It is said that Beethoven’s Eroica was one of the markers of a turning point in his musical career. Described as a majestic, heroic piece, Symphony #3 differed from many other symphonies composed before. Despite this free and pressing-onward feeling that you get when you listen to this piece, Eroica was composed during one of Beethoven’s most difficult times, when he first recognized that he was losing his hearing.
As I fell deeper into my slump today, feeling stuck because of pent-up frustration, anger and stress, I found myself listening to this Beethoven piece. Listening to this piece in its entirety, I feel I have felt a life’s worth of emotions in nearly an hour’s worth of time. Beethoven is surely a curious a man, one who is revered for the centuries for his accomplishments, and I wondered how a man like him dealt with the daily struggles that I feel day to day. Seeking to connect to his life for even a brief moment, I searched and found Beethoven’s Heiligenstadt Testament, a letter written to his brothers about the despair over his illness:
“But what a humiliation for me when someone standing next to me heard a flute in the distance and I heard nothing, or someone heard a shepherd singing and again I heard nothing. Such incidents drove me almost to despair; a little more of that and I would have ended my life — it was only my art that held me back. Ah, it seemed to me impossible to leave the world until I had brought forth all that I felt was within me. So I endured this wretched existence — truly wretched for so susceptible a body, which can be thrown by a sudden change from the best condition to the very worst. Patience, they say, is what I must now choose for my guide, and I have done so — I hope my determination will remain firm to endure until it pleases the inexorable Parcae to break the thread. Perhaps I shall get better, perhaps not; I am ready.”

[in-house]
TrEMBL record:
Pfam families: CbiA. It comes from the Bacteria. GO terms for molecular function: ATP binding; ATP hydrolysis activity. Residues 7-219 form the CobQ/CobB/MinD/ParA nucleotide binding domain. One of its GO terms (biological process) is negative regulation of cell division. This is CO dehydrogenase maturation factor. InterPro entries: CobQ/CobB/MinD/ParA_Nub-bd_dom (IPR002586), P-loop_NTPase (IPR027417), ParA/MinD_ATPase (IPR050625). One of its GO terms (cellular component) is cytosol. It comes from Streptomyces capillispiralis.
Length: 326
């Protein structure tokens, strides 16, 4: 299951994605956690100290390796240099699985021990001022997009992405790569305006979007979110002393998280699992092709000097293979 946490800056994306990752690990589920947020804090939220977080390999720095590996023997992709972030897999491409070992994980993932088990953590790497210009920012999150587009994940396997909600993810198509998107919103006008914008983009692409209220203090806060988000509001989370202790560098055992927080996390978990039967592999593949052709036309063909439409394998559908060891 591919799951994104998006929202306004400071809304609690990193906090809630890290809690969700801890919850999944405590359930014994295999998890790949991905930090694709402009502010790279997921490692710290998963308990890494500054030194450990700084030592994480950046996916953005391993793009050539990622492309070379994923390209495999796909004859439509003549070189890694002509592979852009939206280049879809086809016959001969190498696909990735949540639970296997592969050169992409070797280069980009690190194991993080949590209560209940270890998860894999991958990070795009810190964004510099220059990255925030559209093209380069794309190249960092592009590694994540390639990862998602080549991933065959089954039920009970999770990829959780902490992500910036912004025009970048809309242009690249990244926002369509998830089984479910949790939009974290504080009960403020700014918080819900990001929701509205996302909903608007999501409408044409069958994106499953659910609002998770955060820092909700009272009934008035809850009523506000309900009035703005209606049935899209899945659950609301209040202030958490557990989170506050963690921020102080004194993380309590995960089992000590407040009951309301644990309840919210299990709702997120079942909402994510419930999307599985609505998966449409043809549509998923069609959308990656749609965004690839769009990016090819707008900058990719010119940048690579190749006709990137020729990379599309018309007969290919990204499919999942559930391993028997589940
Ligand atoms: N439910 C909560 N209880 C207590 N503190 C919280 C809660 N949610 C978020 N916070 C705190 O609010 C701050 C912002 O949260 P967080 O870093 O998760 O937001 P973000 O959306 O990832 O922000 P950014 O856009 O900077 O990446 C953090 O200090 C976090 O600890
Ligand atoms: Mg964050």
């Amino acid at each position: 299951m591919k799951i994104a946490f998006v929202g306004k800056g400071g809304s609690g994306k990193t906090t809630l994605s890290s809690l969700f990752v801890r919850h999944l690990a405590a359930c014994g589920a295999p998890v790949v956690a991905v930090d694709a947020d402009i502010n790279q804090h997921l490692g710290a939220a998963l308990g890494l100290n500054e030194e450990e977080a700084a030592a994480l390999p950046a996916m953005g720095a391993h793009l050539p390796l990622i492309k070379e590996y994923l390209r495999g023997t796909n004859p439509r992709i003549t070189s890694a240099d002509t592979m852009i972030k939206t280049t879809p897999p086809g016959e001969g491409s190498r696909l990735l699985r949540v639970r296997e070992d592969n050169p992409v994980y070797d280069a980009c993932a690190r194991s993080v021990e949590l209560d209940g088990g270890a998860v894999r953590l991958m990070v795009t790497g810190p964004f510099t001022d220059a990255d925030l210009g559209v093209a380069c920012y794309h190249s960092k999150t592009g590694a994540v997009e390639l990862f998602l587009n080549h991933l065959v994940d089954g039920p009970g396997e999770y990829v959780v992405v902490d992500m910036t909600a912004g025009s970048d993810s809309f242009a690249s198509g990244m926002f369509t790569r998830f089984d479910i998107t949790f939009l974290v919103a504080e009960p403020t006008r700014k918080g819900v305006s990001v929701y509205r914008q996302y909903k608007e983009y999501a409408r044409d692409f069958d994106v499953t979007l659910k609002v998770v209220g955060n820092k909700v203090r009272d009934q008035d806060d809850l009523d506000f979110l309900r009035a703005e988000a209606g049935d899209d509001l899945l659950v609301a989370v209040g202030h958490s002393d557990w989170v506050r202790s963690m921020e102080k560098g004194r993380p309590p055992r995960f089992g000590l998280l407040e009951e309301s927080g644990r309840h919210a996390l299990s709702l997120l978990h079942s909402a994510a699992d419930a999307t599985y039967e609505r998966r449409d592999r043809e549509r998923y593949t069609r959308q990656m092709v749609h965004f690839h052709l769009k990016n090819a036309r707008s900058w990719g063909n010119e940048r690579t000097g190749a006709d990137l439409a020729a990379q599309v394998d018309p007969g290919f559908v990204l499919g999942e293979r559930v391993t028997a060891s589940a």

Everything starts with a single resolve to do something. Perhaps to be prepared for what’s to come, perhaps to have patience, perhaps to be optimistic. Taking the first step with purpose. Yes, that’s what I need to do. While it’s becoming ever harder to work on my projects after work (and sometimes overtime), it’s a step I need to take.
I sometimes wondered whether Beethoven ever thought of composing music as running away from the things around him, just as I do when I’m working on a composition, writing a script or editing footage. But then I thought, perhaps Beethoven’s way of confronting these obstacles was through his music, to overcome them by doing what needed to be done. Likewise, I need music in my life to de-stress and help lift the stress that arises from work and home.
I need faith, practice, study. And, just solitude. Quietude. Maybe that’s something that’ll have to wait till I’m on my own.
With the same spirit as Beethoven, I’m ready.
- Musings of an Aspiring Filmmaker
“The true artist has no pride; unhappily he realizes that art has no limitations, he feels darkly how far he is from the goal, and while, perhaps he is admired by others, he grieves that he has not yet reached the point where the better genius shall shine before him like a distant sun.” — Ludwig van Beethoven